Armando Alvarez (Will Ferrell) is a simple cattle rancher who finds himself caught in a turf war between brother Raul (Diego Luna) and drug kingpin La Onza (Gael Garcia Bernal) but, as things unfold, he finds his loyalties start to lie more with Raul’s fiancée Sonia (Genesis Rodriguez).
The general concept of Casa is one which may strike as being one-note to some, and indeed the trailer for the film could have essentially worked as a short all in itself, but the fact that it got made at all is an impressive achievement given just how limited an audience there really is for it, a Spanish language melodrama knowingly made on a low budget which often takes pains to show it.
Casa de mi Padre finds Will Ferrell in his element: being thoroughly silly. Though he’s tried to do more dramatic work in the past, most notably working with Woody Allen in Melinda & Melinda, he’s best known, and loved, for his rather more eccentric characters, however, in this he mixes that up with someone whose somewhat more sympathetic and more immediately likable than the likes of Ricky Bobby in Talladega Nights or Dale in Step Brothers.
Armando Alvarez is a loser who can’t seem to get a woman, is constantly having his intelligence insulted ,and has a very hard time rolling a cigarette. But despite all this, he is liked and its easy to see why, Ferrell’s doing the innocent idiot thing but with a warmth, saving himself from getting into the “shouty man” lapses his worst moments let him sink to. Through the film though he becomes more of a “man” and by the end has evolved, not a staggering arc but the fact there’s an arc at all given what this film is on the surface is frankly a miracle.
He’s also helped by really very decent supporting cast as Gael Garcia Bernal and Diego Luna star together as adversaries and both being fully in on the joke, playing up the seriousness of the story within its world but always looking like they’re having a laugh, and Genesis Rodriquez, who has a surprising amount of chemistry with Ferrell, feeds into his comedy perfectly well.
The sense of the surreal is never far away either and this is an aspect of Ferrell’s work I like most so I’m glad it’s here. A “vision” sequence involving a terribly fake tiger makes barely any sense whatsoever but does involve Ferrell dressing up as an Andy Warhol a-like and the various fake horses and sets all lend into a sense that the film likely didn’t have a big budget at all and may as well take the piss out of itself for this. Casa de mi Padre isn’t vintage Ferrell but if you like his work generally, I see little reason why you’d fail to enjoy a funny and consistently entertaining 90 minutes or so.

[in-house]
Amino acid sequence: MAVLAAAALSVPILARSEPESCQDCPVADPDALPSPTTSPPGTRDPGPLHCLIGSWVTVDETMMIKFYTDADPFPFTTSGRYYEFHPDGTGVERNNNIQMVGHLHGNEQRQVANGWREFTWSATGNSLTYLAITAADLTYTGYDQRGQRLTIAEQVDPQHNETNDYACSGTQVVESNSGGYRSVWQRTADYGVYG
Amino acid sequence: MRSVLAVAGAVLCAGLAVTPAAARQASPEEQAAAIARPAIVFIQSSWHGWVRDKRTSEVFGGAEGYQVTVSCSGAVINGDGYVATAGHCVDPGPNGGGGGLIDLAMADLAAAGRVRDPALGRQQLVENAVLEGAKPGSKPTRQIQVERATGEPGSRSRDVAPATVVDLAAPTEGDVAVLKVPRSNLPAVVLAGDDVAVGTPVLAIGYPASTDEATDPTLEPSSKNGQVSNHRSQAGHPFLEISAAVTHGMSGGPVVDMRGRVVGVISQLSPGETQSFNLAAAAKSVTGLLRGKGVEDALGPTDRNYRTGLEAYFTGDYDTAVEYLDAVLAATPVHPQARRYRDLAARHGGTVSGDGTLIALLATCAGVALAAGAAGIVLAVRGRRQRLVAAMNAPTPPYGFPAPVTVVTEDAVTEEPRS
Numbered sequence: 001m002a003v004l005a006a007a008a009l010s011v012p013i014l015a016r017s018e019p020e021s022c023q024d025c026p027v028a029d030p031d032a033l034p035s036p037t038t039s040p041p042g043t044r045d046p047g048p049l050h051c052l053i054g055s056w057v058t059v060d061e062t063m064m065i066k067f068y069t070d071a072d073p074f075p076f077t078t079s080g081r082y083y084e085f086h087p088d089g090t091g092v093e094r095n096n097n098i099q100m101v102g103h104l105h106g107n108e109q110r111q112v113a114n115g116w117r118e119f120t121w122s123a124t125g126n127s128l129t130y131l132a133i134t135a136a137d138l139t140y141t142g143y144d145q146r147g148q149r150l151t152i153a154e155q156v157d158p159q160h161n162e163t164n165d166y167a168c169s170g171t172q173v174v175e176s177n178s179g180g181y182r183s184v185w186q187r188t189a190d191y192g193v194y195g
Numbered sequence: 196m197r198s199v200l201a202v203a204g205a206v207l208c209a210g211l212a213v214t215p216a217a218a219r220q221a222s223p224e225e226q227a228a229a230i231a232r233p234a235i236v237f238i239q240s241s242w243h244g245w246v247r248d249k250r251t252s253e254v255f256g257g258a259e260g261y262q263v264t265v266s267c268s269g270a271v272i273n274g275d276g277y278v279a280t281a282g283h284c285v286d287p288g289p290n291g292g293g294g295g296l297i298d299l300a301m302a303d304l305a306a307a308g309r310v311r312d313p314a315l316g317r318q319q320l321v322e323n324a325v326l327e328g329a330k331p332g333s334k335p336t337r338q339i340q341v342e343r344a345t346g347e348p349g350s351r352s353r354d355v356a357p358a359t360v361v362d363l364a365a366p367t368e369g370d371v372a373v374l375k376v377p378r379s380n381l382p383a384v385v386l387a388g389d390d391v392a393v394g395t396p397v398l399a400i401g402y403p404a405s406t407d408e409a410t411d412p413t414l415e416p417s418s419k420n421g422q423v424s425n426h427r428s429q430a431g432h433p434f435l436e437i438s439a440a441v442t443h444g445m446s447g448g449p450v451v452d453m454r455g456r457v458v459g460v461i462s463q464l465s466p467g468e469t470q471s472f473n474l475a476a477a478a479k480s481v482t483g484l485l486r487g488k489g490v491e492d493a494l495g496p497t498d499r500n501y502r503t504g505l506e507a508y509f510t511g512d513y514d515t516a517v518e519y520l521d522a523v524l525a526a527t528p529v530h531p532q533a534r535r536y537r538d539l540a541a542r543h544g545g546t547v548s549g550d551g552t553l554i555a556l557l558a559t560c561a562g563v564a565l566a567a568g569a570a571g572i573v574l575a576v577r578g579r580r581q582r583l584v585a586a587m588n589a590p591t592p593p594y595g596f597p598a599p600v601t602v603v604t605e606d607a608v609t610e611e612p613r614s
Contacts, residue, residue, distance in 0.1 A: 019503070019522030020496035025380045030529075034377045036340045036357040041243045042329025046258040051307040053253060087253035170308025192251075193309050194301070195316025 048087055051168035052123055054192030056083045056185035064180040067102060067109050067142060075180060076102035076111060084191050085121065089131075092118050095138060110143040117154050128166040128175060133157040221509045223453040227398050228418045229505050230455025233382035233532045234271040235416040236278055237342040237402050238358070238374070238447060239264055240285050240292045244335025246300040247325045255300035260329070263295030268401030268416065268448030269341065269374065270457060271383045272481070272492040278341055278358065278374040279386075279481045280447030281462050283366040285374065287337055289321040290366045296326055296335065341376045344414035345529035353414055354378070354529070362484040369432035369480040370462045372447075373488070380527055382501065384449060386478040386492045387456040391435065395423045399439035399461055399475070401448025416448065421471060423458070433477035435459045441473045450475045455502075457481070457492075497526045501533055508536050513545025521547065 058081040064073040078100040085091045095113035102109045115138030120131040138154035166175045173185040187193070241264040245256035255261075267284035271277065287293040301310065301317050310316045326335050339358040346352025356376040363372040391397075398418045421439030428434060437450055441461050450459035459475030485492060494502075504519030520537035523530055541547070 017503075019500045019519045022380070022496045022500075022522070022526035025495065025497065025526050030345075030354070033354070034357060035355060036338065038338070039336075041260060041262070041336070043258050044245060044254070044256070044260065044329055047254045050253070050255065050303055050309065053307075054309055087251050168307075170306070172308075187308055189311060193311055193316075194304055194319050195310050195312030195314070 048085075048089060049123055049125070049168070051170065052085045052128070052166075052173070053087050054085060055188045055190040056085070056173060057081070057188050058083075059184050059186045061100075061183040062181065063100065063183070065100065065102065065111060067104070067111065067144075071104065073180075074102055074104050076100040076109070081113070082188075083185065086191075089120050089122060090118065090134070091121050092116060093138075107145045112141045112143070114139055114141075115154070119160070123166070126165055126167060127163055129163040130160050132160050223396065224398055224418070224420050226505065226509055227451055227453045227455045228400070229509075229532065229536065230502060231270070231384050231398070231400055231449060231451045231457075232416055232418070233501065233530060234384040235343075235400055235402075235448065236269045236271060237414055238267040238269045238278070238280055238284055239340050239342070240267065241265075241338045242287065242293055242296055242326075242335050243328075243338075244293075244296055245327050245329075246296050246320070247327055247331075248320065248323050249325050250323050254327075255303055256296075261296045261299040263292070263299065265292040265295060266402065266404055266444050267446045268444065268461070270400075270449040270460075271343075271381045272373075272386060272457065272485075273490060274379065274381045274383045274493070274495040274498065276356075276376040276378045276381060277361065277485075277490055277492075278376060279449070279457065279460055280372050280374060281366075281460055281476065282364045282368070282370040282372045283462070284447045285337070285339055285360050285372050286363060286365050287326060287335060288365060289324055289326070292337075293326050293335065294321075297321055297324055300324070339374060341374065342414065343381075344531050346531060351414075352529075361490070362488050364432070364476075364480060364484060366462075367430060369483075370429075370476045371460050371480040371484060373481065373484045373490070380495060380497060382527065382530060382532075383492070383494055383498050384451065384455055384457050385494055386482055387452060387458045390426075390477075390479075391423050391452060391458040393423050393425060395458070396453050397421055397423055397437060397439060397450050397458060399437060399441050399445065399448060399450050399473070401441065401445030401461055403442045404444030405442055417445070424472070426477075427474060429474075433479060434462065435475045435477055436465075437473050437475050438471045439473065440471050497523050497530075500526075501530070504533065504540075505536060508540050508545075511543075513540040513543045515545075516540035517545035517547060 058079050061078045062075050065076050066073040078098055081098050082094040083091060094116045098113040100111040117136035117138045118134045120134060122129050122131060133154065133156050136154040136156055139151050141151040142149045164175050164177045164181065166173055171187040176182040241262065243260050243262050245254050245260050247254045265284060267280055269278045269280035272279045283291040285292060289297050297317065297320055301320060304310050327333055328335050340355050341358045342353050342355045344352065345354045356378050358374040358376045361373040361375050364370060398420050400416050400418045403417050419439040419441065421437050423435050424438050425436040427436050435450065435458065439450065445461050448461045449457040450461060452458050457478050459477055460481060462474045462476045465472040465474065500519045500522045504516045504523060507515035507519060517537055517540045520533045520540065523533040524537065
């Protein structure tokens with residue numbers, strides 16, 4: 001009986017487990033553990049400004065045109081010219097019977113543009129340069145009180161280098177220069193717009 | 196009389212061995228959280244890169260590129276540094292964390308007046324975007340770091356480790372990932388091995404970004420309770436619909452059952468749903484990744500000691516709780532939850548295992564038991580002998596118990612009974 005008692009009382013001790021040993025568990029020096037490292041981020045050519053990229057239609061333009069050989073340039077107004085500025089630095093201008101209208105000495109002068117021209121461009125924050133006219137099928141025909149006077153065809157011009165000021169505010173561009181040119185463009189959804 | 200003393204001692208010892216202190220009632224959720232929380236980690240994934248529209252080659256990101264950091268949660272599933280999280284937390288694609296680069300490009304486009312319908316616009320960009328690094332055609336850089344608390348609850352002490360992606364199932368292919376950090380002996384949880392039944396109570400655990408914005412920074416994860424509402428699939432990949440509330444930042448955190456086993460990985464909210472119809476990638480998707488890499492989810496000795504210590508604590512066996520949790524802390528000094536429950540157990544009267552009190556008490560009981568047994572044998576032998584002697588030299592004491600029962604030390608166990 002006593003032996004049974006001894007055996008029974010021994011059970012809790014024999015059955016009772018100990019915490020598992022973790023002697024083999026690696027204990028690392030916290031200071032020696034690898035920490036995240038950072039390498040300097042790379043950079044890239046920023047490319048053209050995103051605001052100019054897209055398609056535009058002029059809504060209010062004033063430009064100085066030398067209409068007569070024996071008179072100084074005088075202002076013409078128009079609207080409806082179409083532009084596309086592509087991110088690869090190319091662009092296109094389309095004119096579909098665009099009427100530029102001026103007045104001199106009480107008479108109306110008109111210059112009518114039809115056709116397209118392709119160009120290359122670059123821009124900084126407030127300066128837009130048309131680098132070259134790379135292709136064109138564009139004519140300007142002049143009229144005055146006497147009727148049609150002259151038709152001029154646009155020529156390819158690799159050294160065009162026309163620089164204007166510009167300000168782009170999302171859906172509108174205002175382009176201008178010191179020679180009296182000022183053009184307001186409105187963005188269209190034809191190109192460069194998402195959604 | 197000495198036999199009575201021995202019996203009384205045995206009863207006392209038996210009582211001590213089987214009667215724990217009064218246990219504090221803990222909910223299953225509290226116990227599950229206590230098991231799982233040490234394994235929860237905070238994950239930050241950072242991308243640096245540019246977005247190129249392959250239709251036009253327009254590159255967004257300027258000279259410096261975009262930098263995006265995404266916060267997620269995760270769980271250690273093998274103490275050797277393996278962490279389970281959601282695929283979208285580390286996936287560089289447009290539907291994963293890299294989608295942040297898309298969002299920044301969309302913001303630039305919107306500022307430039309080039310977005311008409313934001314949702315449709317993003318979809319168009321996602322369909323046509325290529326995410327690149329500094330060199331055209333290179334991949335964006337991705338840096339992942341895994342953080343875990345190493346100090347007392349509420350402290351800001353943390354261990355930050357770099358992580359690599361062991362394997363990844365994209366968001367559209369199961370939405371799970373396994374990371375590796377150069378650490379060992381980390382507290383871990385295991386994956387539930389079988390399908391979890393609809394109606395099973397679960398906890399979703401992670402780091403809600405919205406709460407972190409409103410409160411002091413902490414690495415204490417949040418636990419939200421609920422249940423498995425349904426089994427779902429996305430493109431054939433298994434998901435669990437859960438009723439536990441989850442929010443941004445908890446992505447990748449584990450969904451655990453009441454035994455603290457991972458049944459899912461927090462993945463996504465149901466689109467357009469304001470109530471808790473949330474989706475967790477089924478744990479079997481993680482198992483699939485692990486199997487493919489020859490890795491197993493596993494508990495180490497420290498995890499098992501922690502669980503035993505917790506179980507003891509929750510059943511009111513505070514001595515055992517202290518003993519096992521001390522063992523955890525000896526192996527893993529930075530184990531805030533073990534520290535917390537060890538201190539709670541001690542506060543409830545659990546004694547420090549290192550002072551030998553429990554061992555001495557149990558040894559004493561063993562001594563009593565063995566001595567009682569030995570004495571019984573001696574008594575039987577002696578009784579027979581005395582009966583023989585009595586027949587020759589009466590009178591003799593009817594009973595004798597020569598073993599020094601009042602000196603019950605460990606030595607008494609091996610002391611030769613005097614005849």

The film arrives on UK Blu (and DVD) through StudioCanal with a decent 2.35:1 transfer working well in the many daytime sequences with a digitally shot clarity which is transferred well though the occasional darker sequence suffers from being a bit smudgy, a consistent problem with digital cinematography but one that hurts the image nonetheless. Audio comes from a DTS-HD 5.1 soundtrack which only really works the surrounds during the action sequences though dialogue and stereo effects in the front channels are very well handled.
Extras on the disc aren’t too extensive but there’s some decent stuff here. We have a 15 minute making of which gets through a fair bit of material as the main cast members talk about the ridiculousness of the idea of the film in the first place and director Matt Piedmont’s directorial style which seemed to help Luna and Bernal in particular. Moving on, there is a 3 minute interview with Pedro Armendariz Jr who plays the father of the family in the film, which serves more as a little tribute to the actor who died at the tail end of 2011 but doesn’t give us too much insight. We also have 20 minutes of deleted scenes which do contain some funny material with one of Armando’s friends showing himself to be something more than he appears as a particular highlight though there is also a lot of stuff here which maybe gets too much into the characters, which isn’t really needed from what is a fairly simple story in the first place. We finish with a music video, fake TV ads and a trailer. It’s certainly better than nothing overall.
Casa de mi Padre is out October 1st on Blu-Ray and DVD through StudioCanal.